LEIPSIC — Ordinarily, the purchase of a vehicle by a municipality for the use of the municipality is of little consequence; an event receiving passing notice, space permitting, in small community newspapers such as this. Just such an occurence became the occasion for palpable tension during Monday’s meeting of the Leipsic Village Council; not the purchase itself, but the manner of its procurement.

The details of the purchase are inconsequential. In keeping with good fiscal policy, Village Administrator Justin Barnhart sought quotes from rival retailers Chevrolet of Ottawa and Reineke Ford. Quotes provided last month from both lots showed a $3,000 difference in price for comparable vehicles, with the Ford truck coming in lower.

“It came down that Reineke Ford had a truck we’re going to end up paying $28,000 for, total,” Barnhart told council. “I’ve made no bones about it, I’ve been trying to make our fleet match with the silver vehicles. They just look good. We have an F250 sitting at Kalida Truck right now that we’ve already purchased.”

Barnhart’s final statement, that the truck was “already purchased,” raised questions and eyebrows.

“Did you know about this?” Mayor Kevin Benton asked Councilor Al Pingle.

“Was I aware that we were looking to buy a new pickup truck?” Pingle responded. “Yes.”

Councilor Brian Reynolds then asked Barnhart if the vehicle was paid for.

“Yes,” Barnhart replied. “My spending authority is $50,000 and it’s in the budget.”

The ensuing silence was broken by Pingle.

“We’re going to have to pay much closer attention to the budget,” he said. “Your $50,000 allowance is for emergencies only.”

“No,” Barnhart replied. “Since when?”

“That’s the only reason why it was ever presented,” Pingle said. “If you couldn’t get hold of council, you could spend that much money.”

“It’s Ohio Revised Code, Al,” Barnhart stated. “This is why you have an administator. So that decisions are made and won’t become political.”

“You just made it political,” Pingle replied, shortly after which the conversation uncomfortably ended.

In other business, council approved two levies for placement on the November ballot, a 2 mill renewal levy for the fire department and a 1.6 mill renewal levy for street lights. Both resolutions were passed as emergencies as there was no quorum at council’s last meeting in July. Emergency passage permitted Barnhart to deliver the levies to the Putnam County Board of Elections by an established deadline.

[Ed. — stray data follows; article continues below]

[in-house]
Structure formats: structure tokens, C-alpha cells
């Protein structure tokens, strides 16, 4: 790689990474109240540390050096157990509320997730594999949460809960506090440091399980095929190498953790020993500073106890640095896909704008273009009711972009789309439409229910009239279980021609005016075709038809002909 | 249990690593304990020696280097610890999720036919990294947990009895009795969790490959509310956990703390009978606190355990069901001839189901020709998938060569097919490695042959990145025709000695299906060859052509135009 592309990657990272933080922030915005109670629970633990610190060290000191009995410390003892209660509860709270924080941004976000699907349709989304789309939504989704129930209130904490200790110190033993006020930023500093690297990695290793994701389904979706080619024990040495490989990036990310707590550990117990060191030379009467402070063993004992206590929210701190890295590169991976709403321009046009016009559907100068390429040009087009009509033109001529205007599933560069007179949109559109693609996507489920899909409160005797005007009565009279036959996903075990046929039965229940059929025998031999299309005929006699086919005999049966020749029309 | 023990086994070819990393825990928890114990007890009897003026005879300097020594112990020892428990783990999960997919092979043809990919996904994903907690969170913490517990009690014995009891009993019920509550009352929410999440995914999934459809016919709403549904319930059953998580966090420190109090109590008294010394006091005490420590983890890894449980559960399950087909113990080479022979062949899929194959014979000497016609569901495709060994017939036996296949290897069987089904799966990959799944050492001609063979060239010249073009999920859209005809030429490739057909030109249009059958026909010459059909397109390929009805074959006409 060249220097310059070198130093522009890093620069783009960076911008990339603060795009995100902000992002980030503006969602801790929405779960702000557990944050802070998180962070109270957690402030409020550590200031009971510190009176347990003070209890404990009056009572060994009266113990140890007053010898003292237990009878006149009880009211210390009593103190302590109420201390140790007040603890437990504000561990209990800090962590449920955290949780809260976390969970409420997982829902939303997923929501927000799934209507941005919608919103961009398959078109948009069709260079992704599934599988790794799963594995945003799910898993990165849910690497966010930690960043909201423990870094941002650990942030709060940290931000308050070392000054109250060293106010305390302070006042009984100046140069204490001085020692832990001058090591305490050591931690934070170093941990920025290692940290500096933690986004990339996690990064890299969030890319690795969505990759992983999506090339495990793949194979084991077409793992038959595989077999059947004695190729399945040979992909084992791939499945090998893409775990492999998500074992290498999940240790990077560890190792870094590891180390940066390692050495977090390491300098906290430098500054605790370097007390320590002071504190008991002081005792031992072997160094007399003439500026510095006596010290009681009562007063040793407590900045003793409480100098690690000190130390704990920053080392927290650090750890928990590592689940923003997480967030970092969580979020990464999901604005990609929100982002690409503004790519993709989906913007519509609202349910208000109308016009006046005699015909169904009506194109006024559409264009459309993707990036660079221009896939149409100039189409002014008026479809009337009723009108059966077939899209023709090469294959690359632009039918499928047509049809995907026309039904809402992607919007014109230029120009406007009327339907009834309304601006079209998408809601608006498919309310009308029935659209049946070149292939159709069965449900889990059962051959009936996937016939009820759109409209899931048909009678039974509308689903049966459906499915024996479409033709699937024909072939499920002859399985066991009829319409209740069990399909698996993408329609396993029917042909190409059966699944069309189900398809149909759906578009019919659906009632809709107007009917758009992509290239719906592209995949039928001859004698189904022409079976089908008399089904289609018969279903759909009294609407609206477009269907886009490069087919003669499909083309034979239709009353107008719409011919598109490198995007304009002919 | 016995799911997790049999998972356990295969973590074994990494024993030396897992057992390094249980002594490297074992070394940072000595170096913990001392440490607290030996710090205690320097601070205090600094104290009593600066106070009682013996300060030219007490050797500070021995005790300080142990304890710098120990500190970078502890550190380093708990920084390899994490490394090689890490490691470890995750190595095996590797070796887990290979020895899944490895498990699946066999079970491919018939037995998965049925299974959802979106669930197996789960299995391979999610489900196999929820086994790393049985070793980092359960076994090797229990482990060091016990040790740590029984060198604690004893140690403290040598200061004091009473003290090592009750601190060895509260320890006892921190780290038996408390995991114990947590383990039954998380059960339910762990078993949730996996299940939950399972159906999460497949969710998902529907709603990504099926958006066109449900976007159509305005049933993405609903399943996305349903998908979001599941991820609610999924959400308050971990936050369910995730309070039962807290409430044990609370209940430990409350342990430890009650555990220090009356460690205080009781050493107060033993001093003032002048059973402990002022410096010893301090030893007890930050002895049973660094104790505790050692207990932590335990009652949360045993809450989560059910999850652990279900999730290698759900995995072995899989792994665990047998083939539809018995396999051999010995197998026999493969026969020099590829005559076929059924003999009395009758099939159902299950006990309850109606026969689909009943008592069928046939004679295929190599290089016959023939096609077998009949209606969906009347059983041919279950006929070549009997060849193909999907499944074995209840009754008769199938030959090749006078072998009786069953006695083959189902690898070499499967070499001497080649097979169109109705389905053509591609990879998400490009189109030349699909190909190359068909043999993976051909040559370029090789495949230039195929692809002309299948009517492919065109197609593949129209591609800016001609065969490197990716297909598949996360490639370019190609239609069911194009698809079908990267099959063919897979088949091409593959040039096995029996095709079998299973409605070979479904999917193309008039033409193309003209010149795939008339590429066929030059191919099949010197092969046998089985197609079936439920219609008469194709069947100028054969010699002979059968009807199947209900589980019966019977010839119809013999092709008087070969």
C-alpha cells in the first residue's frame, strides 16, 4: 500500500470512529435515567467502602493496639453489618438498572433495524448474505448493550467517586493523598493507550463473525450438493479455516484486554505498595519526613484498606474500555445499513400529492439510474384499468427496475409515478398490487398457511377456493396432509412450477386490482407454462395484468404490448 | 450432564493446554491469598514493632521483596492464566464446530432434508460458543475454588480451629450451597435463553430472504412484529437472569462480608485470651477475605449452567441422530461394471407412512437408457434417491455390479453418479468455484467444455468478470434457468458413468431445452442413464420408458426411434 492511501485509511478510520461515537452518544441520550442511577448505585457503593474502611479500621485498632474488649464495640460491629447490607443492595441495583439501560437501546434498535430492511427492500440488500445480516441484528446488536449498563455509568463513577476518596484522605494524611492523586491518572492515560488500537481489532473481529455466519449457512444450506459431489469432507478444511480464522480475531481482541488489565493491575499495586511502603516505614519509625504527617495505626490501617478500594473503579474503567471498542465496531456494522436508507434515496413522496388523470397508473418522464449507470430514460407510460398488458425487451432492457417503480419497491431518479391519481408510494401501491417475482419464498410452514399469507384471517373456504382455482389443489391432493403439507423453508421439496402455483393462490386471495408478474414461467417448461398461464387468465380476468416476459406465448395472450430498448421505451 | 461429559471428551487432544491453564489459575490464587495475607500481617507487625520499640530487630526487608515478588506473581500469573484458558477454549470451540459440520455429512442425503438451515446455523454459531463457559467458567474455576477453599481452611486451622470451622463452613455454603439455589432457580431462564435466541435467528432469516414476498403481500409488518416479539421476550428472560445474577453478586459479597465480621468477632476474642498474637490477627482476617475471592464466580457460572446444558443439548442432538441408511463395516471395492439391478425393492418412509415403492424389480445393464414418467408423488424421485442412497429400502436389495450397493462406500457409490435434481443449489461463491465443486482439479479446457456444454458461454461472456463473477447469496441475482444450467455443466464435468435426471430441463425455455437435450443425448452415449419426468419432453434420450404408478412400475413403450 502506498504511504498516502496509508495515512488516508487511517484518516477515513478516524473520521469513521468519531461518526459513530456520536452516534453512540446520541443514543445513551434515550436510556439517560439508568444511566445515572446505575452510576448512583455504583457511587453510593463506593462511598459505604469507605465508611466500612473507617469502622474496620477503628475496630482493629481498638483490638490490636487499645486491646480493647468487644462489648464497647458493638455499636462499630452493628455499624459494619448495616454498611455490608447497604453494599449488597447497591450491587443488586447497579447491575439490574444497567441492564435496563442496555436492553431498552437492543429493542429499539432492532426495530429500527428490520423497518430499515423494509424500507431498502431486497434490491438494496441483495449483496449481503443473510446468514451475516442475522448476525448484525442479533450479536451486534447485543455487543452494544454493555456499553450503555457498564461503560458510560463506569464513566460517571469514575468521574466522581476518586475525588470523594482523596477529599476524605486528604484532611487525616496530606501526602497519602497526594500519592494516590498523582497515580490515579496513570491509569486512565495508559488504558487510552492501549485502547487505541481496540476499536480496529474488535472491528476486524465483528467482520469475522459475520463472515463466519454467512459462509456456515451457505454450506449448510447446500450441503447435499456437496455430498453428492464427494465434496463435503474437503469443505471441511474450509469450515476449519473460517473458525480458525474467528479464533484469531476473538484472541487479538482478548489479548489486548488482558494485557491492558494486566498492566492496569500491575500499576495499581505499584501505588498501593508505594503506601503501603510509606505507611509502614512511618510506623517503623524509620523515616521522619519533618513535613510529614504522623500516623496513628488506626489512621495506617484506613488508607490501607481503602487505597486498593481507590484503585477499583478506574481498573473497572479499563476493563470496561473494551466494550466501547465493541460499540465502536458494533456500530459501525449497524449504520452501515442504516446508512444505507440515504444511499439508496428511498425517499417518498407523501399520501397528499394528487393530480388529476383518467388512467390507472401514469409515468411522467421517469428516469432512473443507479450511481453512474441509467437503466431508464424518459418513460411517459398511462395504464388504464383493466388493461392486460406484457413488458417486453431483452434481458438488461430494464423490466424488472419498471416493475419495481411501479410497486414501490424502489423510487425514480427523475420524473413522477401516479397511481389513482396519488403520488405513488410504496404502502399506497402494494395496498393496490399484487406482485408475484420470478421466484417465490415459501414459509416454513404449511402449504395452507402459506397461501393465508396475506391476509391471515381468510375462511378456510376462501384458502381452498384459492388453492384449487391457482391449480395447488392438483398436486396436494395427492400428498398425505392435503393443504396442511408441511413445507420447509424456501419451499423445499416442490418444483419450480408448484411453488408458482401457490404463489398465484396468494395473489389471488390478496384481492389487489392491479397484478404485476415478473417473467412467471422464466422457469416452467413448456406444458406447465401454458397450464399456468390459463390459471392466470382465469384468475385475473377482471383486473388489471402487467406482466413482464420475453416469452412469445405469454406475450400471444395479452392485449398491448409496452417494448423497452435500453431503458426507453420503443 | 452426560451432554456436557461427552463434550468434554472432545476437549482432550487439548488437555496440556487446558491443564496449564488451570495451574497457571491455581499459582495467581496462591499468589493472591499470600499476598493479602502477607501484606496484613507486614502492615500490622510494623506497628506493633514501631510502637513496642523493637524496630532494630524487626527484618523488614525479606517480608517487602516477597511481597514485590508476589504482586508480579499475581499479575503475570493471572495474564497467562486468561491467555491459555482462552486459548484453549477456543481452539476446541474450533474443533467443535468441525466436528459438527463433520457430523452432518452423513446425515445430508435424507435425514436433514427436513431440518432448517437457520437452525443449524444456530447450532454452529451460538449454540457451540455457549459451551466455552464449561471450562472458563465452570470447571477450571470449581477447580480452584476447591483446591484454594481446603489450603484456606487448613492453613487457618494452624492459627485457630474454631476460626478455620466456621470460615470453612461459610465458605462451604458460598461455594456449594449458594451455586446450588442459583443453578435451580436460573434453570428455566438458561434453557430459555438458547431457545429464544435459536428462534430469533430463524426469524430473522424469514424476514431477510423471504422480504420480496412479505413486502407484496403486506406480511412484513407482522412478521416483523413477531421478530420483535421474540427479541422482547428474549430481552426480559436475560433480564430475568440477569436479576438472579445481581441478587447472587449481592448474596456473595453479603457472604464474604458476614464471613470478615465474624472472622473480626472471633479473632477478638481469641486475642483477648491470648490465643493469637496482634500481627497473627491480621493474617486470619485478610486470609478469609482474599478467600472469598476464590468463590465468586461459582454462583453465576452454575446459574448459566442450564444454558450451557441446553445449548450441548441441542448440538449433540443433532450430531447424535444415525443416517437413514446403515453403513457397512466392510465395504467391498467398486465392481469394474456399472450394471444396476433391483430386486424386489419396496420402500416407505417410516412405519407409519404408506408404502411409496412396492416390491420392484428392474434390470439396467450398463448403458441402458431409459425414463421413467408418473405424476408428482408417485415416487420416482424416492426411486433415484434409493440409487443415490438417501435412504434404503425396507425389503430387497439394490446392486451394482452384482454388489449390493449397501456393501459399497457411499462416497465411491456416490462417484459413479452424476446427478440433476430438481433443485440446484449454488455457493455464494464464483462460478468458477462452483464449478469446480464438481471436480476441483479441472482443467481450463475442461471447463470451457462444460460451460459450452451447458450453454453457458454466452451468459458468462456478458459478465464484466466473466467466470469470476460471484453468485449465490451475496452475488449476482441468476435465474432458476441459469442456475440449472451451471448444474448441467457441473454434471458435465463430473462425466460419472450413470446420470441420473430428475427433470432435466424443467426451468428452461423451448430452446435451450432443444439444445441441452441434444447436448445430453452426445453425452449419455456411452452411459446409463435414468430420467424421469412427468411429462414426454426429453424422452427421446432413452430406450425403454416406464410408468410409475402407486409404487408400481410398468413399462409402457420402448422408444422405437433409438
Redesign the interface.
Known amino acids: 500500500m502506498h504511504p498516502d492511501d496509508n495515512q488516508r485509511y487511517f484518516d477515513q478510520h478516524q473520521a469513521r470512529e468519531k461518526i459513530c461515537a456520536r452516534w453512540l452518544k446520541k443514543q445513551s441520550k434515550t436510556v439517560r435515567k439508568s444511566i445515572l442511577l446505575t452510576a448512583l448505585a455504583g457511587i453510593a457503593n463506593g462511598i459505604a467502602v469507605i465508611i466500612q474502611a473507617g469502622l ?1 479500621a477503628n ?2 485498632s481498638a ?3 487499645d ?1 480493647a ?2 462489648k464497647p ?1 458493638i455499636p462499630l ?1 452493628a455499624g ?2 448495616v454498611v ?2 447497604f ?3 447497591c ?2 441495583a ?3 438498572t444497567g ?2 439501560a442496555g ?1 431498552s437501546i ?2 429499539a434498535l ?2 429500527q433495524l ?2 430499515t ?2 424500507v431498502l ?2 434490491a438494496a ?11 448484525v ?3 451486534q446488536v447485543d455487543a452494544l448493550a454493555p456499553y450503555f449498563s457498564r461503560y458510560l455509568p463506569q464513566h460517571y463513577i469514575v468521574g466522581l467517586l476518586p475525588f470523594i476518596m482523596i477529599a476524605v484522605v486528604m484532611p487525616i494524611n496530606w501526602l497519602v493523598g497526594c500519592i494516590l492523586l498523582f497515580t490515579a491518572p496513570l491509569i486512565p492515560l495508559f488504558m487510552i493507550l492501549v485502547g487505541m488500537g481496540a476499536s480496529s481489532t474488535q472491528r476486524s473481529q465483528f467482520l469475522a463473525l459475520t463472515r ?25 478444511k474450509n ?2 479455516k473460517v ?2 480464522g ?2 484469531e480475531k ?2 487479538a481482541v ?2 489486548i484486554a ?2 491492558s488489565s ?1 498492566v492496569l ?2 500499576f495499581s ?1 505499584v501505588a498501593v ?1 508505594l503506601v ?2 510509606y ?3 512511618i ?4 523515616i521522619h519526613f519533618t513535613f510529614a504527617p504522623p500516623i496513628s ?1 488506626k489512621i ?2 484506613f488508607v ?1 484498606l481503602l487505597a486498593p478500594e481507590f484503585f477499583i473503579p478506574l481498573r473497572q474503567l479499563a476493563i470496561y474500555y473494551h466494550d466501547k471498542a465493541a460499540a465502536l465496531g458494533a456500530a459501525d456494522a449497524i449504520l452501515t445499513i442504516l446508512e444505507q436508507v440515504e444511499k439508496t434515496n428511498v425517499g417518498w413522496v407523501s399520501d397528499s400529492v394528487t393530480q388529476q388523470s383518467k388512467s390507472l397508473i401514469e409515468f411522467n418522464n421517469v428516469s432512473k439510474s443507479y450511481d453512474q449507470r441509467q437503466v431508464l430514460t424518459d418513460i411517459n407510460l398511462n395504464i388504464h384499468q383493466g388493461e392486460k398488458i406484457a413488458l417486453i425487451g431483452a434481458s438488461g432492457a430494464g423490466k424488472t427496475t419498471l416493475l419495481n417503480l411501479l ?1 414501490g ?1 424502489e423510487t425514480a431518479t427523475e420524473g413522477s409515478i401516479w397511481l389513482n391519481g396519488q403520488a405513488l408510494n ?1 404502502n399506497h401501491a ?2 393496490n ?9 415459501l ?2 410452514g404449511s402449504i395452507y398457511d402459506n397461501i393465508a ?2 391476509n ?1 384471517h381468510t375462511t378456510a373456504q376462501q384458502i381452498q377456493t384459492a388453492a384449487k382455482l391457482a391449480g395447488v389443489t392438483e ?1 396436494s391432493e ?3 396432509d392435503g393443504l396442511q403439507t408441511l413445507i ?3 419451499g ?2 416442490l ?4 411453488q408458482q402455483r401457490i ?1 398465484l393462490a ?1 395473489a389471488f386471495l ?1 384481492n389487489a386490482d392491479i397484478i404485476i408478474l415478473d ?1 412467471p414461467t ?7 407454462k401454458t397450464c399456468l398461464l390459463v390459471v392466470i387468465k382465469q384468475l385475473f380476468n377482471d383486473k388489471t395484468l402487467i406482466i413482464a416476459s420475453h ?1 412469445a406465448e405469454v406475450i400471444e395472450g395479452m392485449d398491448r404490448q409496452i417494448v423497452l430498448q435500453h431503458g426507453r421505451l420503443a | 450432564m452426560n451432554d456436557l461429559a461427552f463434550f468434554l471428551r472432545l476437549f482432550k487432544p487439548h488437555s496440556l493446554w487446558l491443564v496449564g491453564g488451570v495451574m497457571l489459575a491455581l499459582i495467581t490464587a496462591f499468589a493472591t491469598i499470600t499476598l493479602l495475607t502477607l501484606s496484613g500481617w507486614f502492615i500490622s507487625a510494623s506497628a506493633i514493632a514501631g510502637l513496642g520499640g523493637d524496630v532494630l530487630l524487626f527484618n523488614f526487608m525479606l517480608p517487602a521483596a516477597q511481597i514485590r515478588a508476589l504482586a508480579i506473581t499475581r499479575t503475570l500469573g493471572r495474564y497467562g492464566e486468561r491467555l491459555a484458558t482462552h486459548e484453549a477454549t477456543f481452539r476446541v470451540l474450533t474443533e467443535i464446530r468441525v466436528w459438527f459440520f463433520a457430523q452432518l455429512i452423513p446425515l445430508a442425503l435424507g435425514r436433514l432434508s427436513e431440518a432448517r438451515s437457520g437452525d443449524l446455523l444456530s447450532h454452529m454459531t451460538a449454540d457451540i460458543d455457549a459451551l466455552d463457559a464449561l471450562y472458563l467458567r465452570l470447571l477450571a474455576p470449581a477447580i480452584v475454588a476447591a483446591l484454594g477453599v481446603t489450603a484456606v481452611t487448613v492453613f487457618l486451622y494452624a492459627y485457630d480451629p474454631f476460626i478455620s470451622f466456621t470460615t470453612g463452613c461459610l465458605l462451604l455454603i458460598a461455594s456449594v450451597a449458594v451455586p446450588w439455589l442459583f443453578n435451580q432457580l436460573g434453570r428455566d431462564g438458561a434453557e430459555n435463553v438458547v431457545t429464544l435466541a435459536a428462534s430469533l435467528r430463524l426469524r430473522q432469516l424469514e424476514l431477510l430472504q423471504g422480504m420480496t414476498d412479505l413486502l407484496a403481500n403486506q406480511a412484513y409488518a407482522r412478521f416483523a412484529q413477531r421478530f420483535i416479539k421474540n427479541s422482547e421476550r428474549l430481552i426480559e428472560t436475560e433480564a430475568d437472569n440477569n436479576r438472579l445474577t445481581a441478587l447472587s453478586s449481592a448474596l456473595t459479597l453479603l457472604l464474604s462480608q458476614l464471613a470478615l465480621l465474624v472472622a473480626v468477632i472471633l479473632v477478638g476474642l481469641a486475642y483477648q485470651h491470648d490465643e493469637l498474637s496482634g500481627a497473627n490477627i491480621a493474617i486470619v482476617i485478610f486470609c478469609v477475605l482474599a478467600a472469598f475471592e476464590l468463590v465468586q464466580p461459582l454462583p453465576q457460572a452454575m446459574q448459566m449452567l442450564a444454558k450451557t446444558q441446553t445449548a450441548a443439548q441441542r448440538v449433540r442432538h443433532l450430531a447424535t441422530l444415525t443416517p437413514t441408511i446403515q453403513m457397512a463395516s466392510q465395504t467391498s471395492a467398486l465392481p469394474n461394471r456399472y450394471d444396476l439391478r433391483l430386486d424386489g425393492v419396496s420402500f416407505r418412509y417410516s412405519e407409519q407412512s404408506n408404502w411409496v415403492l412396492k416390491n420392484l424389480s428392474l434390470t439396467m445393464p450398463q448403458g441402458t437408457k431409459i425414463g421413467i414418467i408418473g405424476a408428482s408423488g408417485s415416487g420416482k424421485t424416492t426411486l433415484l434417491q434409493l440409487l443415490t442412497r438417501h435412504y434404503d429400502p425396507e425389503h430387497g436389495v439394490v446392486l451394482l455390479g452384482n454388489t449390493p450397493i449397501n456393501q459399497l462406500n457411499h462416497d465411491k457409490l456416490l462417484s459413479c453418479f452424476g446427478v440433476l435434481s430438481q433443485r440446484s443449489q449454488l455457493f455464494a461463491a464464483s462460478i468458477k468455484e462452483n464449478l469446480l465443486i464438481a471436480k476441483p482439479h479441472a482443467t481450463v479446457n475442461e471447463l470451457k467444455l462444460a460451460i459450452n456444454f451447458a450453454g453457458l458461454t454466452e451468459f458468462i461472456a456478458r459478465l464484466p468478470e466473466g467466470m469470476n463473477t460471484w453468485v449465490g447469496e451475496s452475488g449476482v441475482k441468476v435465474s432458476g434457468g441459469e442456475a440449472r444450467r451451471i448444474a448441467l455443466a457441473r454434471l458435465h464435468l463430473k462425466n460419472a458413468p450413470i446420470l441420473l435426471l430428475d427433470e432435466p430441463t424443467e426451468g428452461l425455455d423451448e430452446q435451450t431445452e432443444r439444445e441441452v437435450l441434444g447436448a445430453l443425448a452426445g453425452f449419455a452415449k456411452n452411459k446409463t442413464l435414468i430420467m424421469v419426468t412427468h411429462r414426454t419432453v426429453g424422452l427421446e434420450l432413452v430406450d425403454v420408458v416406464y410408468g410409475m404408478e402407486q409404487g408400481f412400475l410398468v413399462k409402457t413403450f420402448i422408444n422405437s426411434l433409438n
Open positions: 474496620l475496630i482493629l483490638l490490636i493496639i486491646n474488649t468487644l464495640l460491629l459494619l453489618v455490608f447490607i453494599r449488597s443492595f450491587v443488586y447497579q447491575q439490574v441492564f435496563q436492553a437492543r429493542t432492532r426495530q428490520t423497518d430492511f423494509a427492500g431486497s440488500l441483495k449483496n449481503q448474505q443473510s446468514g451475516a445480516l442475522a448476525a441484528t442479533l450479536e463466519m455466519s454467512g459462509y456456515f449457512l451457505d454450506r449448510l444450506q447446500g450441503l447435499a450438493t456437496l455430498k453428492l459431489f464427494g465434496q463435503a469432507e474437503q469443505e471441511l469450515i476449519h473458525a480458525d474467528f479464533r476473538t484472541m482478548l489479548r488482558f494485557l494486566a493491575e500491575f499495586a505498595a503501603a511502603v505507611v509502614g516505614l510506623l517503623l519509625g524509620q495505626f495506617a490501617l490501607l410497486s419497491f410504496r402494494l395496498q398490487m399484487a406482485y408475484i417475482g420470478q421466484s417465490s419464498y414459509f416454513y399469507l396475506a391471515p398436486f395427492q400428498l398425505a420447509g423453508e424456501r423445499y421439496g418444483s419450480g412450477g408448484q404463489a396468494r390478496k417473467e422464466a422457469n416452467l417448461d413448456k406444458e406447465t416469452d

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Utilities Operator Russ Teders informed council of a three-day lift station failure at the Iams plant at the end of July. According to Teders, the failure occured on July 27, but wasn’t discovered until July 29. Clean-up of the resulting spill was overseen by the Ohio Environmental Protection Agency, and the cost for clean-up — $7,500 — is the responsibility of the village, according to Barnhart.

Council then briefly discussed the purchase of an F550 one-and-a-half ton dump truck, a purchase put forward by Barnhart. After reviewing the particulars of the vehicle and the purchase, council voted to table the proposal for future discussion.

Finally, the first reading of a resolution that could open the door for an alternative energy source employed by the village was heard by council. The resolution outlines the use of solar panels, provided by Ameresco, Inc., to facilitate a micro-grid at the pump station for the village’s new waterline from the Blanchard River to its reservoir. While Barnhart negotiated a rate scale with the village’s electric provider precluding the need to establish the micro-grid as the primary energy source, council is considering the use of solar panels as both a back-up and supplemental power source.

The next regular meeting of the Leipsic Village Council is scheduled for Monday, Aug. 20, at 7:30 p.m. in the village offices.